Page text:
HomeInsightsPress Regulation and the Royal Charter – What Next?


+44 (0)20 7612 9612

So what were the key differences?

Political involvement

The Government has said that the cross-party charter cannot be amended by Parliament unless the changes proposed have the backing of two-thirds of the House of Commons and the House of Lords. While that is currently true, this requirement could itself be amended by a future Parliament.  The press industry proposal sought to avoid this risk by removing the role of Parliament and providing that any changes should require the unanimous decision of the newspaper industry trade bodies, the regulator and the recognition panel that would audit it.

In response to criticism that the Press Complaints Commission had been run by Conservative peers in the past, the cross-party charter included a ban on any peer, unless they have had no party affiliation within the previous five years, from acting as a Director on the regulatory board. The press industry proposal  would have allowed peers to act as Directors.

Recognition Panel – a  place for former editors

Under the cross-party charter, former editors will be banned from serving on the recognition panel, the body which will monitor whether newspapers are being regulated properly.  The press industry proposals allowed former editors to serve on the panel, and contained an additional requirement that at least one panel member should have newspaper industry experience.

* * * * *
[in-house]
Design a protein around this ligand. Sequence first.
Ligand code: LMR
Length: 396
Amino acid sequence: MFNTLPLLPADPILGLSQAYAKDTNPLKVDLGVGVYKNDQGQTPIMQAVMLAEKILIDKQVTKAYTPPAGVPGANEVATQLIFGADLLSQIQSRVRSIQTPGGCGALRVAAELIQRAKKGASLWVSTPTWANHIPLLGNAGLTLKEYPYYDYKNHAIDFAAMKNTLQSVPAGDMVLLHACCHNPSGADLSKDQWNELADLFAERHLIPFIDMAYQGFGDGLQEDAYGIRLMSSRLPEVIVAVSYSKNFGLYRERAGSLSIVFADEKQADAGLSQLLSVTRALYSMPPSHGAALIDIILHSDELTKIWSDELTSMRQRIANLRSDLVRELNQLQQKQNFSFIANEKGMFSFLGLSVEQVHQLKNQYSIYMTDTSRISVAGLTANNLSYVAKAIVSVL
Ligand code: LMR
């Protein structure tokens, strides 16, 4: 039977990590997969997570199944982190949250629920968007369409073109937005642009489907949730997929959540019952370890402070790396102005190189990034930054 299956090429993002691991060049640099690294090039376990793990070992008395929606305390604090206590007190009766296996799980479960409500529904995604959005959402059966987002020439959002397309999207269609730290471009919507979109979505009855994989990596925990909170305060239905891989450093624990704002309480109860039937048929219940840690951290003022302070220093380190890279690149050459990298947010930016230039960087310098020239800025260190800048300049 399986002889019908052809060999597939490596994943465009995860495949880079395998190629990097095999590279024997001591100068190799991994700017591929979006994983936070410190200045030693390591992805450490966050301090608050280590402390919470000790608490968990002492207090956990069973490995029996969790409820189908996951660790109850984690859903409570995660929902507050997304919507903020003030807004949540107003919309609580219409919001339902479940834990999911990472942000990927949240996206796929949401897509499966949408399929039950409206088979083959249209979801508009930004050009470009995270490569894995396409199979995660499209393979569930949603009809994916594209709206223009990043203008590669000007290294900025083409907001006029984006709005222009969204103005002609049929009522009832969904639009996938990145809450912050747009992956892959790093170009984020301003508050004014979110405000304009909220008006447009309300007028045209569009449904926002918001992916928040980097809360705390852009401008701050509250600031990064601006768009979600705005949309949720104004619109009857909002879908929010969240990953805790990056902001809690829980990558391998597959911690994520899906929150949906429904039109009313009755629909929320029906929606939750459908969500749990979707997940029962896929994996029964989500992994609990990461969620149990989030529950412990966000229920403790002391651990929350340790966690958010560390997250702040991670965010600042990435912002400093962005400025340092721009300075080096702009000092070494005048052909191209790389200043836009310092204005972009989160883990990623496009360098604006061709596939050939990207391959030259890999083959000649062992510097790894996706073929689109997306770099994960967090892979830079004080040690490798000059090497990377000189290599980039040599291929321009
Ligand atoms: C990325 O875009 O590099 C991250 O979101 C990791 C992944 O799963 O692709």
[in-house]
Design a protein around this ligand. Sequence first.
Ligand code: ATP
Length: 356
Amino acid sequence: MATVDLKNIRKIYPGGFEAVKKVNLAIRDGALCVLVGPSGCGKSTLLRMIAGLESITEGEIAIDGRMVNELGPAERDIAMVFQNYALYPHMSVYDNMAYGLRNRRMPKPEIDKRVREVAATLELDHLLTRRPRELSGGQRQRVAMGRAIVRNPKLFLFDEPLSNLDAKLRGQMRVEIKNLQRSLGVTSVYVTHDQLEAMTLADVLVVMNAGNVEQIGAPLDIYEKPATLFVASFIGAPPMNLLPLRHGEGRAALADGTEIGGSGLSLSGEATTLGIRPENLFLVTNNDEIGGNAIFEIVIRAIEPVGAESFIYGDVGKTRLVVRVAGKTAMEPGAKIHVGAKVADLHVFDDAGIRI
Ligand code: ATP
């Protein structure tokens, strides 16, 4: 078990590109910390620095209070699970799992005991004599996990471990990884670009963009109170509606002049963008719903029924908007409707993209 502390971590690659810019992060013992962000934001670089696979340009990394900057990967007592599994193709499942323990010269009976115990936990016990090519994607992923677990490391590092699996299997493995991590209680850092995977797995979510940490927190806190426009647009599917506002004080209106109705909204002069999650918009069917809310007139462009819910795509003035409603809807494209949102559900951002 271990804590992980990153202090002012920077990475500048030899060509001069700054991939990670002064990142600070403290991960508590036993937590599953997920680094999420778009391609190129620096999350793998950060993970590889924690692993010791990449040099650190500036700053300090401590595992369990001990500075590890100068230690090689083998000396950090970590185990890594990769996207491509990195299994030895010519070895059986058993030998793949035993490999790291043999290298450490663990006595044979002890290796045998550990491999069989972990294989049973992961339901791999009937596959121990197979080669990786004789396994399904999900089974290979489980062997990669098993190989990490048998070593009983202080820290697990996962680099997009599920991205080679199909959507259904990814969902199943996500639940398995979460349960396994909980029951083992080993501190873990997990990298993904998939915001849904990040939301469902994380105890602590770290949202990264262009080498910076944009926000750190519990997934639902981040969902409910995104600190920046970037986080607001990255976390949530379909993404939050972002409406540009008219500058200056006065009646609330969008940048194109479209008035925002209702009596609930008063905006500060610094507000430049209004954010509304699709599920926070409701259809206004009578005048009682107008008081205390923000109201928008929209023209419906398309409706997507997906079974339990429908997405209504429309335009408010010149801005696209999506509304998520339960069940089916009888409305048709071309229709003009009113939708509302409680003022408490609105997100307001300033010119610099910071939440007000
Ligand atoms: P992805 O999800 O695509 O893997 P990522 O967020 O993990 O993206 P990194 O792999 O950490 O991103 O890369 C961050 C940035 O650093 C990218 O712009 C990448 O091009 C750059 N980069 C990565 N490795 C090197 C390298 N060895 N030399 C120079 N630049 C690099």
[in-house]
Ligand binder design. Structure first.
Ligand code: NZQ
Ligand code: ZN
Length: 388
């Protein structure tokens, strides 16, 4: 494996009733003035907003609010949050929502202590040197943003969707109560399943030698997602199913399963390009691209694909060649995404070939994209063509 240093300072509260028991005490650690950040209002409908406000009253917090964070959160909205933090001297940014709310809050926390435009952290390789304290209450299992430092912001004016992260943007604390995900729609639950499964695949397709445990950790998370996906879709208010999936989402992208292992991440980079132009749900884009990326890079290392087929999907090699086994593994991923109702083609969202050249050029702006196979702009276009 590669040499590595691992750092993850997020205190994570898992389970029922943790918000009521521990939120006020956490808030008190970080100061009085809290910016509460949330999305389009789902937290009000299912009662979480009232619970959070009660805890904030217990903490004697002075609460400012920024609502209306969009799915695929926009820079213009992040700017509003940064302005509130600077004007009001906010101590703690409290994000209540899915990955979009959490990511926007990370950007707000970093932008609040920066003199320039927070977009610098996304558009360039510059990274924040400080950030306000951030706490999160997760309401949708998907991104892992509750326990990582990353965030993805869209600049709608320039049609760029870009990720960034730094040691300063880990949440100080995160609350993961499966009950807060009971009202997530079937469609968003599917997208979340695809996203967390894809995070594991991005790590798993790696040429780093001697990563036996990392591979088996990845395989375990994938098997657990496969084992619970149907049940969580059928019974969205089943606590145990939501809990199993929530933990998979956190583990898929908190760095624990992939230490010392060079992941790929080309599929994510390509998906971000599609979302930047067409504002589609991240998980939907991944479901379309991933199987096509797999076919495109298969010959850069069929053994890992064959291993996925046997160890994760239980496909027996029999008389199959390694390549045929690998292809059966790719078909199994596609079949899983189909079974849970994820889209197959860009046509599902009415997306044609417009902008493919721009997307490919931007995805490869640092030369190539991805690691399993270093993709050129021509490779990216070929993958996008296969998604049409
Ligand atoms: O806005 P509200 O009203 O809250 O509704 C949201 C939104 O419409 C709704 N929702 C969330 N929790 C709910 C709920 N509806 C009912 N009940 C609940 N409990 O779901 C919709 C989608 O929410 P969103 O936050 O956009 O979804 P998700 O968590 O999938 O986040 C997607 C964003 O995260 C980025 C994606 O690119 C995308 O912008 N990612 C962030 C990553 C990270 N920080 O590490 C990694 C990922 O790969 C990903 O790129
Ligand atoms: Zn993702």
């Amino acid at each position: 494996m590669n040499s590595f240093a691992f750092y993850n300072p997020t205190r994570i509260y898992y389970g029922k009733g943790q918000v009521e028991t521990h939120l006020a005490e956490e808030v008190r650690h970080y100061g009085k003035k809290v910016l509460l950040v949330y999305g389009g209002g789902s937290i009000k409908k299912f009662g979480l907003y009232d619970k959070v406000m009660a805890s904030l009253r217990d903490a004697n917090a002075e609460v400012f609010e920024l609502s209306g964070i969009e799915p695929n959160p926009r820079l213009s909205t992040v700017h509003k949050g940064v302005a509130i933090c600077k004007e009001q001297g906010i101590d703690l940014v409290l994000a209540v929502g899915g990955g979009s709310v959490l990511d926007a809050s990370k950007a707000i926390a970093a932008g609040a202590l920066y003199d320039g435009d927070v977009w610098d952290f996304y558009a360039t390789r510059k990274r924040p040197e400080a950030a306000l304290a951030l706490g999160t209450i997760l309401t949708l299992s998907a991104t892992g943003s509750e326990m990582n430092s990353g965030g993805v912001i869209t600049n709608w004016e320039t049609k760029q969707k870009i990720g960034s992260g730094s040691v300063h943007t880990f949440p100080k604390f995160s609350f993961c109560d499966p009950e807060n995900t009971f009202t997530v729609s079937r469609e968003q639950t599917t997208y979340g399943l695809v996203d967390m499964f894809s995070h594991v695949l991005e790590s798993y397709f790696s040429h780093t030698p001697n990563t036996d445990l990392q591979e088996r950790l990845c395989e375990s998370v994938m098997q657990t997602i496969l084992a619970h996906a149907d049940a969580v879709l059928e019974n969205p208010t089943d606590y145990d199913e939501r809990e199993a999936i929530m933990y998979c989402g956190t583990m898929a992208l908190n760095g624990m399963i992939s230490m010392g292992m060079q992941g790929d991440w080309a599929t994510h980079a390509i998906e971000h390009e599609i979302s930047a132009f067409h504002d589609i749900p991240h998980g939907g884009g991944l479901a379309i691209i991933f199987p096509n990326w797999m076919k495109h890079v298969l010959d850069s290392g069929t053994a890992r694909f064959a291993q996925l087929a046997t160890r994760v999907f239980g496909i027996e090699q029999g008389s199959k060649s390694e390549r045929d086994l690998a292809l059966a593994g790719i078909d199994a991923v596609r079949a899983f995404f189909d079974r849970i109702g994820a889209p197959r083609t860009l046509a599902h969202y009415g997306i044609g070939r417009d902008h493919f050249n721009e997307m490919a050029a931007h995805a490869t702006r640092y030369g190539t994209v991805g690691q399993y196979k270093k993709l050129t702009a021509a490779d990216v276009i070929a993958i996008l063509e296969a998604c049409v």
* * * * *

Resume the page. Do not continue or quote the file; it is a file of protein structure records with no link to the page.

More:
Although both charters give the regulator the power to require publication of corrections and to impose fines (in the case of the cross party proposals, up to £1million) only the cross-party charter allows the regulator to force a regulated entity to publish an apology.  The press industry proposal was limited to allowing the regulator, during mediation, to try and persuade the regulated entity to publish an apology.


The cross-party proposal obliges the regulator to establish an arbitration service that complies with the Arbitration Act 1996, ensuring that a binding free arbitration service will be provided for victims, and a fast complaints system will be established to ensure all individuals can afford to pursue action against publishers.  The press industry was (and is) naturally wary that a free service will lead to a surge in claims for damages.  Their proposal provided that the regulator may, but was not required to, establish an arbitration service together with an annual report and annual statement, including information as to the extent the arbitration service had been utilised.
If you would like any further information, please contact Caroline Kean or Amali de Silva.